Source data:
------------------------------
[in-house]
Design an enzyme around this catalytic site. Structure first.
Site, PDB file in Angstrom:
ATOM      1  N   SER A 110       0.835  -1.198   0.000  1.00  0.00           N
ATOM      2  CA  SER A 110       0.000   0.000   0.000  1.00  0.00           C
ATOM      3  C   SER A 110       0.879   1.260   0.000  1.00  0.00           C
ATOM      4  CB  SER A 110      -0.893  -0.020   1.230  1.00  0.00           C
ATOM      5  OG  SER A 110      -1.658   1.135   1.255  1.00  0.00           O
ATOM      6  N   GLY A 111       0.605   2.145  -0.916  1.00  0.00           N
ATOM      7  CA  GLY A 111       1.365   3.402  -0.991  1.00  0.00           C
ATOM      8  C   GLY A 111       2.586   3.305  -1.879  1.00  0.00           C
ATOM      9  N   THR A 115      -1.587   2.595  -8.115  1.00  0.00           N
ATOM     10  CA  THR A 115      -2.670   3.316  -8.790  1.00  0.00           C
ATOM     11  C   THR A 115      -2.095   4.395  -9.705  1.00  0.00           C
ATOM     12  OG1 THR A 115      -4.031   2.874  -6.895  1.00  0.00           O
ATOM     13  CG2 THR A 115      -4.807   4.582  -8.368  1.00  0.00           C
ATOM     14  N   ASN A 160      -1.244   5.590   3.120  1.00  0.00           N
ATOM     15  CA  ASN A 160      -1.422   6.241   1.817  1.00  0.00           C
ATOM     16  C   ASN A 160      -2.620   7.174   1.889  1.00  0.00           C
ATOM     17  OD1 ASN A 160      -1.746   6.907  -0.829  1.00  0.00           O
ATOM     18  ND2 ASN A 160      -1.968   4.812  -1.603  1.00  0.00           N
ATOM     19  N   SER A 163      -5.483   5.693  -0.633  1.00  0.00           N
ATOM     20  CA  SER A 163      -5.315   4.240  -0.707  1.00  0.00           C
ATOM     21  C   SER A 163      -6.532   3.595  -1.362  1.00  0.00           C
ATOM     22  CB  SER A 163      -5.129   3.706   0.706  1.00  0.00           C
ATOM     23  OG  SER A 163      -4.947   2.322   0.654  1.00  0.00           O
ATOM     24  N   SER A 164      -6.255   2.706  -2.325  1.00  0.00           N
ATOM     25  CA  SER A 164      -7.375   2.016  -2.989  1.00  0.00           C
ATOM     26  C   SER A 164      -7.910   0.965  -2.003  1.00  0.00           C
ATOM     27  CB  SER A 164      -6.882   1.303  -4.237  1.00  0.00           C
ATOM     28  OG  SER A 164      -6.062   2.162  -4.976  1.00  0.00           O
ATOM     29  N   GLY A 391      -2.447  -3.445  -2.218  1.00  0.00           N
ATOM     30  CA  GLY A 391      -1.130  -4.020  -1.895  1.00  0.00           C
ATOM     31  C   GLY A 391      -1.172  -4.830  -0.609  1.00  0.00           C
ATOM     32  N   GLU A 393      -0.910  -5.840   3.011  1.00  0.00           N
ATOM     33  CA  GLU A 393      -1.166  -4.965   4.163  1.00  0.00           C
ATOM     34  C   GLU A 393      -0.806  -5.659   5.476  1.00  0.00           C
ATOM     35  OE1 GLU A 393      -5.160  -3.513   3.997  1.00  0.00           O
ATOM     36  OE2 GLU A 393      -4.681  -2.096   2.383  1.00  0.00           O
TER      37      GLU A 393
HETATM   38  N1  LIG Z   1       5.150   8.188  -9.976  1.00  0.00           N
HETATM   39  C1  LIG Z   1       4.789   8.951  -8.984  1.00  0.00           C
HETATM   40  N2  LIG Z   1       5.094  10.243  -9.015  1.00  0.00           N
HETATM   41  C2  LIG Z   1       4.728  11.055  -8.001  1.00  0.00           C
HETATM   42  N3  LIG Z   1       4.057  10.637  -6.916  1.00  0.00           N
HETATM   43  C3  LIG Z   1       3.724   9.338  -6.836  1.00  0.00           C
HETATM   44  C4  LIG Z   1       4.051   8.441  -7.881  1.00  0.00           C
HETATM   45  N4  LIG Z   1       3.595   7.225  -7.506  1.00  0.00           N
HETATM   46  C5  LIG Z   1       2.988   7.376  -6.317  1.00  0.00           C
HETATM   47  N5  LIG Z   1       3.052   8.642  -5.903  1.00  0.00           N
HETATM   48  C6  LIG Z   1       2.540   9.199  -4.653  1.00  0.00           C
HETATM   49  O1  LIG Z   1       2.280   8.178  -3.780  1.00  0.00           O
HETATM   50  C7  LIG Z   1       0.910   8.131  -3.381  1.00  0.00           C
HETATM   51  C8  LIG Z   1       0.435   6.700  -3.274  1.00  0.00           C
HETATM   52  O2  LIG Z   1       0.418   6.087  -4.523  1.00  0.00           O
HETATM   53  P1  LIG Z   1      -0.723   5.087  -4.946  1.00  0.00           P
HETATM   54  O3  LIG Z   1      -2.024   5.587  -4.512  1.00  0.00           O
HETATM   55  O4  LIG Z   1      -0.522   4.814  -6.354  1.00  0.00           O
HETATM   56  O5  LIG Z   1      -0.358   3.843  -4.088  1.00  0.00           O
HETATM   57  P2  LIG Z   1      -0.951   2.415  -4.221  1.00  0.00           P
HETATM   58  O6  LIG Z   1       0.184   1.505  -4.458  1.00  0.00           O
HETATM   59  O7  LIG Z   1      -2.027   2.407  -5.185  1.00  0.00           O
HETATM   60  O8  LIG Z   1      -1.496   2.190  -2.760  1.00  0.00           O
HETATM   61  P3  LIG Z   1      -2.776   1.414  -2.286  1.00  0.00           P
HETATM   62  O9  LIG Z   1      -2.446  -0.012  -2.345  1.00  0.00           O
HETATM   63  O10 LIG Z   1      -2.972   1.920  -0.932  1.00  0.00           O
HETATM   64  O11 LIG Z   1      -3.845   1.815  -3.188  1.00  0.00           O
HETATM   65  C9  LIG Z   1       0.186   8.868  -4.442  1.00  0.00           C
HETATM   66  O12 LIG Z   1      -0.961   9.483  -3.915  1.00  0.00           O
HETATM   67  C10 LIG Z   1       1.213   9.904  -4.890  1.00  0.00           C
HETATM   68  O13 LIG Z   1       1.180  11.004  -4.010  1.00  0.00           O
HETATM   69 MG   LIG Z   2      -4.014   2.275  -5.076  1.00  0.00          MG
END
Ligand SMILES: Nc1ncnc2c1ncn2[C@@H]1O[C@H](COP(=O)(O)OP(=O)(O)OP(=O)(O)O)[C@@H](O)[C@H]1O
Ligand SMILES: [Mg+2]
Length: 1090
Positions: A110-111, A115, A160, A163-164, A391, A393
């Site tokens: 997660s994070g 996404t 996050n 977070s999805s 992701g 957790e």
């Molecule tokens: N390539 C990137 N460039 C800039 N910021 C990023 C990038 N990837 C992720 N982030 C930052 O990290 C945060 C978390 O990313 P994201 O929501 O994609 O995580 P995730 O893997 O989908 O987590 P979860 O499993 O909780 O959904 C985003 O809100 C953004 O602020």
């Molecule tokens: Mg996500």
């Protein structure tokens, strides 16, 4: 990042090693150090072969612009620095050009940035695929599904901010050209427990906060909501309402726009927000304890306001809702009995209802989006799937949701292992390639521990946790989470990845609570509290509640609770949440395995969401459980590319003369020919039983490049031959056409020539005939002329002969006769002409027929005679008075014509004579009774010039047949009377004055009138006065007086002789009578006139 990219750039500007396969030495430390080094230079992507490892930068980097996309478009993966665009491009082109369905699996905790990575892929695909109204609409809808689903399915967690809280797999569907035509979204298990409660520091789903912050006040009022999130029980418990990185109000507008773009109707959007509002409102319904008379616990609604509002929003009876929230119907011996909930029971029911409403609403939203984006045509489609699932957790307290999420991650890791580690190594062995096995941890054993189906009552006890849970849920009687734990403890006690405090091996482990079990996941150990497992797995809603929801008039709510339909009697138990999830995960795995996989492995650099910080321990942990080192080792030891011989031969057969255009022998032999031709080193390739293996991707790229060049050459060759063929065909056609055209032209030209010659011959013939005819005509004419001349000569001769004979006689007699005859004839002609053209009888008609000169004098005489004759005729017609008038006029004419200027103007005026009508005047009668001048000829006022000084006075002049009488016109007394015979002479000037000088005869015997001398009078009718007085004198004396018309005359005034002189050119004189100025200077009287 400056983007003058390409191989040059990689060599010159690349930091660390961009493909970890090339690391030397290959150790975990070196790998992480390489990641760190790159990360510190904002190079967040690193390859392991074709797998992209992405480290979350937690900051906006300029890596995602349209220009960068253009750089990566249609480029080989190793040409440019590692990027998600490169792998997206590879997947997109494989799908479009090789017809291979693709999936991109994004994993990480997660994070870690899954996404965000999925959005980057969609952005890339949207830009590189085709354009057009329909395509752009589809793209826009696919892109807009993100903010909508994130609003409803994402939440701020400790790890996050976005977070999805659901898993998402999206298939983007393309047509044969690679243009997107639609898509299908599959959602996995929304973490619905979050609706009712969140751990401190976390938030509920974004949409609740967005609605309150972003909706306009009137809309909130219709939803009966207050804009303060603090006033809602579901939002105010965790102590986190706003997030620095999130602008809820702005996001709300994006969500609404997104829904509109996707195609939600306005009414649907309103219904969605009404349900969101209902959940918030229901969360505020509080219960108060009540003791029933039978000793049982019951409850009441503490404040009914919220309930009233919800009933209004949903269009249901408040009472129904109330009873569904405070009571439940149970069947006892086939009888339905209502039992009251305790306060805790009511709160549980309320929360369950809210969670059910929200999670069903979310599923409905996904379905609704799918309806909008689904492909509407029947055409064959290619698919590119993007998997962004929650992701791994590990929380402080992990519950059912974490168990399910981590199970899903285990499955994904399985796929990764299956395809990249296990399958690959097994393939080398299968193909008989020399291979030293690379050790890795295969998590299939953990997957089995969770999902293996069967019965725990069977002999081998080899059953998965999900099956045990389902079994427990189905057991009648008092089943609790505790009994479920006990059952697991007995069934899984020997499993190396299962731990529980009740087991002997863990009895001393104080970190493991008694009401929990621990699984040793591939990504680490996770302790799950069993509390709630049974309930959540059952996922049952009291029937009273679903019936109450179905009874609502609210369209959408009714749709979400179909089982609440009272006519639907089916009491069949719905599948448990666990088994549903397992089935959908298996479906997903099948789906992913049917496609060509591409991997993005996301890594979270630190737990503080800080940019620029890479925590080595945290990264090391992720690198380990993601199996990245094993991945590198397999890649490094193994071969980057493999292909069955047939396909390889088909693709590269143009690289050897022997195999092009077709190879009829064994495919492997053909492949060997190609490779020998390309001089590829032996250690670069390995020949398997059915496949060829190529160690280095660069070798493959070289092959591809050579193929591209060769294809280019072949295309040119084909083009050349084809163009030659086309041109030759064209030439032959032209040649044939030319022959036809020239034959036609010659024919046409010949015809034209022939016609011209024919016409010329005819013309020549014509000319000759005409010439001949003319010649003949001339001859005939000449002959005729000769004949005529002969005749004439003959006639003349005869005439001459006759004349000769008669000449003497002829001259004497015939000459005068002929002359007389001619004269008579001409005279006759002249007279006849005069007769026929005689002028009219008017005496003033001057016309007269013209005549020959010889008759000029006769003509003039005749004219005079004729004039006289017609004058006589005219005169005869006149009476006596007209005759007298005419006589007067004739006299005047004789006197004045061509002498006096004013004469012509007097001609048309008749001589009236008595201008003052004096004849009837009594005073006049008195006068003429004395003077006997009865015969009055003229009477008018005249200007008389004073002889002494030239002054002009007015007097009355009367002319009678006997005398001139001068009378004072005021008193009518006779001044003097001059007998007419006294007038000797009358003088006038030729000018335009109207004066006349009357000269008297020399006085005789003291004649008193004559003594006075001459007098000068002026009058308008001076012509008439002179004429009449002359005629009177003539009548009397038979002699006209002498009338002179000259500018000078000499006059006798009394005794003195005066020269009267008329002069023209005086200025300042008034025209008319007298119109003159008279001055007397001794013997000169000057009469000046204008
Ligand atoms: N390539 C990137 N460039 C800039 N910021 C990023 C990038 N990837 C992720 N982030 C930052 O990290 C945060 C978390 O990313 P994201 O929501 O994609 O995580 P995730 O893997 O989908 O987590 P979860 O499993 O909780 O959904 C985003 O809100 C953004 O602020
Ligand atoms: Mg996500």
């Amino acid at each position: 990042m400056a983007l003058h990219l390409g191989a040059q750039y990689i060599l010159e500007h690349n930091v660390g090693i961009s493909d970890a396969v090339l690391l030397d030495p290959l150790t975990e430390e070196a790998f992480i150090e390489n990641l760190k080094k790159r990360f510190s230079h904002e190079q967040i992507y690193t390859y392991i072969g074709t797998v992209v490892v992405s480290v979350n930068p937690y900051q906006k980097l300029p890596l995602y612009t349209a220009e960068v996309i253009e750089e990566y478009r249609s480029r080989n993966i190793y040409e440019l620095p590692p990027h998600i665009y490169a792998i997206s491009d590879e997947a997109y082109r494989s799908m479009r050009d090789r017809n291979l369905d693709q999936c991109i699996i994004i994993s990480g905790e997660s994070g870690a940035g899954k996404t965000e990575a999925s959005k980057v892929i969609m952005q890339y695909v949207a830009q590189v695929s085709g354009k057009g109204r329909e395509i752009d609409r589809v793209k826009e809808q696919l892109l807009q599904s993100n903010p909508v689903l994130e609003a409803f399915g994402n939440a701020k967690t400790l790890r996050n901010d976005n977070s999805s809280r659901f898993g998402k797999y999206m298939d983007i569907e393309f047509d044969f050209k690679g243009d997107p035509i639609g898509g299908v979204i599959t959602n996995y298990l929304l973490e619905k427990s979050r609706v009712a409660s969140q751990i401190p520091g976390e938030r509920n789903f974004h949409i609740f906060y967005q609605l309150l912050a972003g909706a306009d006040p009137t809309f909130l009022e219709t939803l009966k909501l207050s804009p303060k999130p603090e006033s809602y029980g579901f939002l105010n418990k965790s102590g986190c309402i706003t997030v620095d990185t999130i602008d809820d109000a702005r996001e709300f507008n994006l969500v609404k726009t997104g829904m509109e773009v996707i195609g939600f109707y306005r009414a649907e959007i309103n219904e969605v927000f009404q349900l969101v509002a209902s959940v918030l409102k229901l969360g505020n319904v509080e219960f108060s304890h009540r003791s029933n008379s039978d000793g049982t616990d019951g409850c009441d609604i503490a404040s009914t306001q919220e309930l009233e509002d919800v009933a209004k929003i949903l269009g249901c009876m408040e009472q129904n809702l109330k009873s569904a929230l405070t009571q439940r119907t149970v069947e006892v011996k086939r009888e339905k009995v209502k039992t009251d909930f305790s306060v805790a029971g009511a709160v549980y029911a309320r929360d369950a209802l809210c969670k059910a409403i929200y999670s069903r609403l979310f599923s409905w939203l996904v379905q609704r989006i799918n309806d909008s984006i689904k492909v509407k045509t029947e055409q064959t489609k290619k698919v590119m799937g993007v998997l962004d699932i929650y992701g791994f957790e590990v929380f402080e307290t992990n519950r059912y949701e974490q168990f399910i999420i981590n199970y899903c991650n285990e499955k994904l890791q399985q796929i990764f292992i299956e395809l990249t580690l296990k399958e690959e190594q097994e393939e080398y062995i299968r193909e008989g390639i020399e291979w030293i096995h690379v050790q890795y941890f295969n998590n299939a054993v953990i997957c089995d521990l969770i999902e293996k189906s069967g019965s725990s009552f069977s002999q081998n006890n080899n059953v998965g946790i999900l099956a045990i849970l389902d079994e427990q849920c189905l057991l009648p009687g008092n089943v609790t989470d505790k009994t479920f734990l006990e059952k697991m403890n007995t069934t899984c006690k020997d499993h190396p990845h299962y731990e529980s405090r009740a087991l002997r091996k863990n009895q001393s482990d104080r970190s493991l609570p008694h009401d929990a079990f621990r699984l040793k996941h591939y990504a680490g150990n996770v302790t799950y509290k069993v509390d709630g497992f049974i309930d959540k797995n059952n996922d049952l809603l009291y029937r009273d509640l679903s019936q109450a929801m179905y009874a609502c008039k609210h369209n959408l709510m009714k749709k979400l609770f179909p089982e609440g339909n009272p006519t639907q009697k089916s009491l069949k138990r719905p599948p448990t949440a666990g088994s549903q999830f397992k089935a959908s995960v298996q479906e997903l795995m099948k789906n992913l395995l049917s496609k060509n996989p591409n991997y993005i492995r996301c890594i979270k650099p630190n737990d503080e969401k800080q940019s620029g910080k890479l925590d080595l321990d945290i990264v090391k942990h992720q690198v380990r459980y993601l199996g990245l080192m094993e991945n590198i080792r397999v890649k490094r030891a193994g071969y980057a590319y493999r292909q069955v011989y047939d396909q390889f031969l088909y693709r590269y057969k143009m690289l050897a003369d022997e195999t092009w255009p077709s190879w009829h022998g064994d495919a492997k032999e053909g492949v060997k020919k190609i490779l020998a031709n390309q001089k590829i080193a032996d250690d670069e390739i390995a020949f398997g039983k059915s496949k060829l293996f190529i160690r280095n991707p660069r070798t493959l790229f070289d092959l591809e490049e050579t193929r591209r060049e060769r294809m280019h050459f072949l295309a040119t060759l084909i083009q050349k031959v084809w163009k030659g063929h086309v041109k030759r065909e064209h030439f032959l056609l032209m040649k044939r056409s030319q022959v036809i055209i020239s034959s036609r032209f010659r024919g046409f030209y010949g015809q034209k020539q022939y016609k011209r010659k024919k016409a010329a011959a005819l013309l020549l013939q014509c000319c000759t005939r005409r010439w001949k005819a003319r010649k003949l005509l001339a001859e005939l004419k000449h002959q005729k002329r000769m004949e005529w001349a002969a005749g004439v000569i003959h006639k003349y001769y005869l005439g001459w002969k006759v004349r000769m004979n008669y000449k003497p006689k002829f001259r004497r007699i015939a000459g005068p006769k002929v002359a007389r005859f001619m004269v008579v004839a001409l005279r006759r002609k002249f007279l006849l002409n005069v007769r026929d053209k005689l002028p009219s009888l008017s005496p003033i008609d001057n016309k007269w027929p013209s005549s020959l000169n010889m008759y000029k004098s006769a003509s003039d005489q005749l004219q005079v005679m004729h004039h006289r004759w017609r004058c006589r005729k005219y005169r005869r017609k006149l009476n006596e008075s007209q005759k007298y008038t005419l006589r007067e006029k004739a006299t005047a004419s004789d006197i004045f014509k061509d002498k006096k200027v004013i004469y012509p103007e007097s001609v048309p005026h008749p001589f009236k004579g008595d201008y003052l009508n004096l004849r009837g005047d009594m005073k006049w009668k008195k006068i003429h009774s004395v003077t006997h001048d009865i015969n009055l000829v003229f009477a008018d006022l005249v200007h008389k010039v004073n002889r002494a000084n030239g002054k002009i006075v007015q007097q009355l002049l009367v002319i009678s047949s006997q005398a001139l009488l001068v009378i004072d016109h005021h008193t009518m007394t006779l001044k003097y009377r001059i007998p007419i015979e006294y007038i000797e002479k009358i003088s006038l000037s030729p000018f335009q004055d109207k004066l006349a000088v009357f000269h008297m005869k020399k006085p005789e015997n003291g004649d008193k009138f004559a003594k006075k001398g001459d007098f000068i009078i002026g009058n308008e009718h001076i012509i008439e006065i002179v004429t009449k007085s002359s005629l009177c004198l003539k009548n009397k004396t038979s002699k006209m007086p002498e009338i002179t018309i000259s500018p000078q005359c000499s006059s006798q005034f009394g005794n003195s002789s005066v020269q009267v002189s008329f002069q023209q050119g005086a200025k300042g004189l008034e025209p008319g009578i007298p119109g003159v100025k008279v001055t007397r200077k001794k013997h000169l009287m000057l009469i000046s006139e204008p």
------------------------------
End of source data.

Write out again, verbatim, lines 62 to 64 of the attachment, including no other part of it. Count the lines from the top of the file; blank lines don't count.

HETATM   59  O7  LIG Z   1      -2.027   2.407  -5.185  1.00  0.00           O
HETATM   60  O8  LIG Z   1      -1.496   2.190  -2.760  1.00  0.00           O
HETATM   61  P3  LIG Z   1      -2.776   1.414  -2.286  1.00  0.00           P